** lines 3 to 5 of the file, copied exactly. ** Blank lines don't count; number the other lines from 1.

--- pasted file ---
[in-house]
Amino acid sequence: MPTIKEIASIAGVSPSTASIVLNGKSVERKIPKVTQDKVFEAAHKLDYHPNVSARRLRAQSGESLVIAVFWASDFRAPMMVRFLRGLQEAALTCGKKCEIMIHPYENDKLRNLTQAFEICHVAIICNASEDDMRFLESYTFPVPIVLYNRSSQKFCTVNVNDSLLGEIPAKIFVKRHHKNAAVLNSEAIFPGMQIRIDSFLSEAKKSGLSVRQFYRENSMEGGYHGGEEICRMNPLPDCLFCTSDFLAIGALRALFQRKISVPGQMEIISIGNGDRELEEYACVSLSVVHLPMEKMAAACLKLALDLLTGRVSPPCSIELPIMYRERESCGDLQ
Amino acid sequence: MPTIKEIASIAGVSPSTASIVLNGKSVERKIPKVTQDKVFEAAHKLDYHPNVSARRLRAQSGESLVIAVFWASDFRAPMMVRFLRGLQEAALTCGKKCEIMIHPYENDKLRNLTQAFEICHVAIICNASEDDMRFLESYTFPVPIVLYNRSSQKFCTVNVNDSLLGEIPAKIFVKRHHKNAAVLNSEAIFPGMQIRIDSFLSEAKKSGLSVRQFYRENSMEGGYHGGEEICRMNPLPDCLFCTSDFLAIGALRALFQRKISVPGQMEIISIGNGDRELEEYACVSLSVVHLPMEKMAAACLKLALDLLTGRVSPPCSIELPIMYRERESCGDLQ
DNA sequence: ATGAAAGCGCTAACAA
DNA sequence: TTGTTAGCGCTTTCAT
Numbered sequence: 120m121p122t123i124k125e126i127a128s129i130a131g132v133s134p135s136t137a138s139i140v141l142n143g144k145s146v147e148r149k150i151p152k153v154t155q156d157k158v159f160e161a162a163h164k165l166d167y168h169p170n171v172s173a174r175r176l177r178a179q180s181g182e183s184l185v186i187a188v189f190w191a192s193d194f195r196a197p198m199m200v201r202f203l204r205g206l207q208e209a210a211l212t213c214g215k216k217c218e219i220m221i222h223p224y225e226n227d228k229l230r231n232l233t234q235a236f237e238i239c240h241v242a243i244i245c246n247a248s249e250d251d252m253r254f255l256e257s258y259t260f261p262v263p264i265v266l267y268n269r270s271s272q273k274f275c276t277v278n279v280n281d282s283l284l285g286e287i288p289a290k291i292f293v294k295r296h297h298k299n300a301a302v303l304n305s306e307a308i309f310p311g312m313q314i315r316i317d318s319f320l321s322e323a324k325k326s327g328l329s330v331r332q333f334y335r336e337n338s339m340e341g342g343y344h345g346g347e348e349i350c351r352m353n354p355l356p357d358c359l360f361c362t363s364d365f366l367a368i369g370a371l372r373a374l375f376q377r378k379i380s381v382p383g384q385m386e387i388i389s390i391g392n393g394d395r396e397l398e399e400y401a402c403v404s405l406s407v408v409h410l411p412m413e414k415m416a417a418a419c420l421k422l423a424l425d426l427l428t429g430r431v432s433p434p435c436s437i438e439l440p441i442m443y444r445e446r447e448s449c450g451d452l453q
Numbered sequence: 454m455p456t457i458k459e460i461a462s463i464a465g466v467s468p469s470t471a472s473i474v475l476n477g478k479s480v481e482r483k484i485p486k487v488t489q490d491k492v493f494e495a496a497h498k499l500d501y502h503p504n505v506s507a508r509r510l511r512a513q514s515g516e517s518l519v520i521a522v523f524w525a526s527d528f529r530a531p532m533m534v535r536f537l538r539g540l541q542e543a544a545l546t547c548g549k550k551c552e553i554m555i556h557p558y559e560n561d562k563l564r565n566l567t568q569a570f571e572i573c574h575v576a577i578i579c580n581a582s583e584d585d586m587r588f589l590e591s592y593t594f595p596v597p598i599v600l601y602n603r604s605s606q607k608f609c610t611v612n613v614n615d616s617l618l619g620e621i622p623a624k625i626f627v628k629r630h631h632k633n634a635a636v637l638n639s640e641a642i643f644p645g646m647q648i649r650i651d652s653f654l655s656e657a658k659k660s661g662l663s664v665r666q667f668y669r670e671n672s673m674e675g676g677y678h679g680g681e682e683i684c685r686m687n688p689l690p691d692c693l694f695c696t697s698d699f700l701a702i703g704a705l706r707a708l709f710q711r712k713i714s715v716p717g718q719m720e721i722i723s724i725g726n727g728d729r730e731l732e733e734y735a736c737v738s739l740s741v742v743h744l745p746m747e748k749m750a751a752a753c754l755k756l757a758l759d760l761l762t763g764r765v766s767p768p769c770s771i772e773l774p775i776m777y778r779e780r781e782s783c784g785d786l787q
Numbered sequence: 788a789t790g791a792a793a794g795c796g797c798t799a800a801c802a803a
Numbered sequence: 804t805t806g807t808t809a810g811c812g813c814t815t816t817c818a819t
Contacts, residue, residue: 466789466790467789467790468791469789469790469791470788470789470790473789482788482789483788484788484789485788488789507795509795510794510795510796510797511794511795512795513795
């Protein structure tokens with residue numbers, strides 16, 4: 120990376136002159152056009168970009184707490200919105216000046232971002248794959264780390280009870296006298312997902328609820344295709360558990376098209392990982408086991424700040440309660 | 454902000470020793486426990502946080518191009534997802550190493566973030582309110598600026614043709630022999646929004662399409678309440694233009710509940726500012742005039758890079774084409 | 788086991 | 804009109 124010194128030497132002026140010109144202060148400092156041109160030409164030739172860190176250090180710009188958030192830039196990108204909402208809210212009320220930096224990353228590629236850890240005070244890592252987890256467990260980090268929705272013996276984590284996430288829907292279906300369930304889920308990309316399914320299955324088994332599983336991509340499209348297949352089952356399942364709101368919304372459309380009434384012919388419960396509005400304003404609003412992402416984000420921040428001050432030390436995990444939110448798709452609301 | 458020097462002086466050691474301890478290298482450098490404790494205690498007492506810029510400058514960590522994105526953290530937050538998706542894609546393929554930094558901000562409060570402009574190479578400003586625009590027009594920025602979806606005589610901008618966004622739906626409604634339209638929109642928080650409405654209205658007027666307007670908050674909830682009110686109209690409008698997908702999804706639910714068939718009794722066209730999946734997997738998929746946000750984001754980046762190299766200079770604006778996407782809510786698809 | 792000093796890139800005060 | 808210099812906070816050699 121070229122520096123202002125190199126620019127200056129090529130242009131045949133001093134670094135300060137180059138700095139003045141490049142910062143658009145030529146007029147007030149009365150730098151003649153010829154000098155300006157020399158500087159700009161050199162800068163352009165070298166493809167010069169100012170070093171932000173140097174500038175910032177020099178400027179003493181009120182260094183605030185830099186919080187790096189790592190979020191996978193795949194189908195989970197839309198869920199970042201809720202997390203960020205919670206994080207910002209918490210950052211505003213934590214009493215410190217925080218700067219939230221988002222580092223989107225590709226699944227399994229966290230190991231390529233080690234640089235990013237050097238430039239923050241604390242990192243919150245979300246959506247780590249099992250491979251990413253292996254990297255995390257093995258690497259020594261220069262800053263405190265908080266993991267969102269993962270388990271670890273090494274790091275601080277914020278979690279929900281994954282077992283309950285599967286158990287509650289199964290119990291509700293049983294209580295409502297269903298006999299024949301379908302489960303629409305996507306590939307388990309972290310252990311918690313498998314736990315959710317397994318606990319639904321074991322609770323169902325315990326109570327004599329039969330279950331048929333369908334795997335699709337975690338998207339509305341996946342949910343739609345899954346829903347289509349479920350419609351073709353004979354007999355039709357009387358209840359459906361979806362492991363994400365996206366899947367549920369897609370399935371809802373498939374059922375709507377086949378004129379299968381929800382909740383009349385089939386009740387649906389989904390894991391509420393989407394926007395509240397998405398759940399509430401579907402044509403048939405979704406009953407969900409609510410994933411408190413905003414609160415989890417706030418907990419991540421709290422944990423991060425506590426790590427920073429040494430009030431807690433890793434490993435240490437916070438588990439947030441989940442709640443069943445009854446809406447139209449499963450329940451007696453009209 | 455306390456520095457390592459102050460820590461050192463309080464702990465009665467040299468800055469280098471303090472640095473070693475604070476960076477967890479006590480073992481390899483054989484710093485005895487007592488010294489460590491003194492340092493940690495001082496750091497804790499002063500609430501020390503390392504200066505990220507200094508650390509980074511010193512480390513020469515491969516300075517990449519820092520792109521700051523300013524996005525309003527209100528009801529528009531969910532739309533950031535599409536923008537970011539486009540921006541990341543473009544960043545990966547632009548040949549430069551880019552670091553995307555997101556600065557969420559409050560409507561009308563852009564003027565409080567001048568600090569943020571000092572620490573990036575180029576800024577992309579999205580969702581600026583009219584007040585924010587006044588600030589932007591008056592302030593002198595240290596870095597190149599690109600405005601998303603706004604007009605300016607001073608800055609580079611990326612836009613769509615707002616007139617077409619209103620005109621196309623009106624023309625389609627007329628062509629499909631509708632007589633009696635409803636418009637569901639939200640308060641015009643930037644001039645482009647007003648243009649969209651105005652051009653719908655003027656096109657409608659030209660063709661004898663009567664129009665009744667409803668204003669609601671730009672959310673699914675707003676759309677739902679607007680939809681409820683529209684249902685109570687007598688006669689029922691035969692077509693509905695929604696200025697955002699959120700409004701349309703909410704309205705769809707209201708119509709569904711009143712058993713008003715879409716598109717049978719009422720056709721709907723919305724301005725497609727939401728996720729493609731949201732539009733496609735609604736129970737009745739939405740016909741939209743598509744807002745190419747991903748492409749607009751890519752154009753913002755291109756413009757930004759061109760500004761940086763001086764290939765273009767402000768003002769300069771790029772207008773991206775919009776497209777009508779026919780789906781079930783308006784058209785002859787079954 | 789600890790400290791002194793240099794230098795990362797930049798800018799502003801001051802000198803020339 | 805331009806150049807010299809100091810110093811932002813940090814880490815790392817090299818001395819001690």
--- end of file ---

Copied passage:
Amino acid sequence: MPTIKEIASIAGVSPSTASIVLNGKSVERKIPKVTQDKVFEAAHKLDYHPNVSARRLRAQSGESLVIAVFWASDFRAPMMVRFLRGLQEAALTCGKKCEIMIHPYENDKLRNLTQAFEICHVAIICNASEDDMRFLESYTFPVPIVLYNRSSQKFCTVNVNDSLLGEIPAKIFVKRHHKNAAVLNSEAIFPGMQIRIDSFLSEAKKSGLSVRQFYRENSMEGGYHGGEEICRMNPLPDCLFCTSDFLAIGALRALFQRKISVPGQMEIISIGNGDRELEEYACVSLSVVHLPMEKMAAACLKLALDLLTGRVSPPCSIELPIMYRERESCGDLQ
DNA sequence: ATGAAAGCGCTAACAA
DNA sequence: TTGTTAGCGCTTTCAT